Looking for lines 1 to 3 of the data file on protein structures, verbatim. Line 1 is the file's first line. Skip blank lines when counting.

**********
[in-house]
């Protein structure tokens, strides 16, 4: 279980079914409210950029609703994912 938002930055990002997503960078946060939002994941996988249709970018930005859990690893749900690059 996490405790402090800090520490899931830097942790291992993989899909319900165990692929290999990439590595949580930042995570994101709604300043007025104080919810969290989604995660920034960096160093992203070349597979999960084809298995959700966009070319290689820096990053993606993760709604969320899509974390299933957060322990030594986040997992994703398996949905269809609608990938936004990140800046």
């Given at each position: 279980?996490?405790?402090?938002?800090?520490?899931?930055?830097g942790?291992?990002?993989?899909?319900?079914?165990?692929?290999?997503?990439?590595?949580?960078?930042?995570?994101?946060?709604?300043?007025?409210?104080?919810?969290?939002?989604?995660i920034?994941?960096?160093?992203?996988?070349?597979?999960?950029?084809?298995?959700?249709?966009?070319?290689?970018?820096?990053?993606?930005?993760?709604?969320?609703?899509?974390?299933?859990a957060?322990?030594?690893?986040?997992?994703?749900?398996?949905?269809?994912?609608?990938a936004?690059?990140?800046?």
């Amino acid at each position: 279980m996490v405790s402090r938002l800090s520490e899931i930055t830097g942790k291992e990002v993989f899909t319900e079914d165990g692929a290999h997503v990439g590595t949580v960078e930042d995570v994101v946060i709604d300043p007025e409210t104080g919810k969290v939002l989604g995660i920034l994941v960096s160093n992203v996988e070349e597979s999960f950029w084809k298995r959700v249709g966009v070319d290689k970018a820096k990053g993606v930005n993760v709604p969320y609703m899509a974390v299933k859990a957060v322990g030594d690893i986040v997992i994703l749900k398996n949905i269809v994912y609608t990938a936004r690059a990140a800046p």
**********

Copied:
[in-house]
């Protein structure tokens, strides 16, 4: 279980079914409210950029609703994912 938002930055990002997503960078946060939002994941996988249709970018930005859990690893749900690059 996490405790402090800090520490899931830097942790291992993989899909319900165990692929290999990439590595949580930042995570994101709604300043007025104080919810969290989604995660920034960096160093992203070349597979999960084809298995959700966009070319290689820096990053993606993760709604969320899509974390299933957060322990030594986040997992994703398996949905269809609608990938936004990140800046």
């Given at each position: 279980?996490?405790?402090?938002?800090?520490?899931?930055?830097g942790?291992?990002?993989?899909?319900?079914?165990?692929?290999?997503?990439?590595?949580?960078?930042?995570?994101?946060?709604?300043?007025?409210?104080?919810?969290?939002?989604?995660i920034?994941?960096?160093?992203?996988?070349?597979?999960?950029?084809?298995?959700?249709?966009?070319?290689?970018?820096?990053?993606?930005?993760?709604?969320?609703?899509?974390?299933?859990a957060?322990?030594?690893?986040?997992?994703?749900?398996?949905?269809?994912?609608?990938a936004?690059?990140?800046?």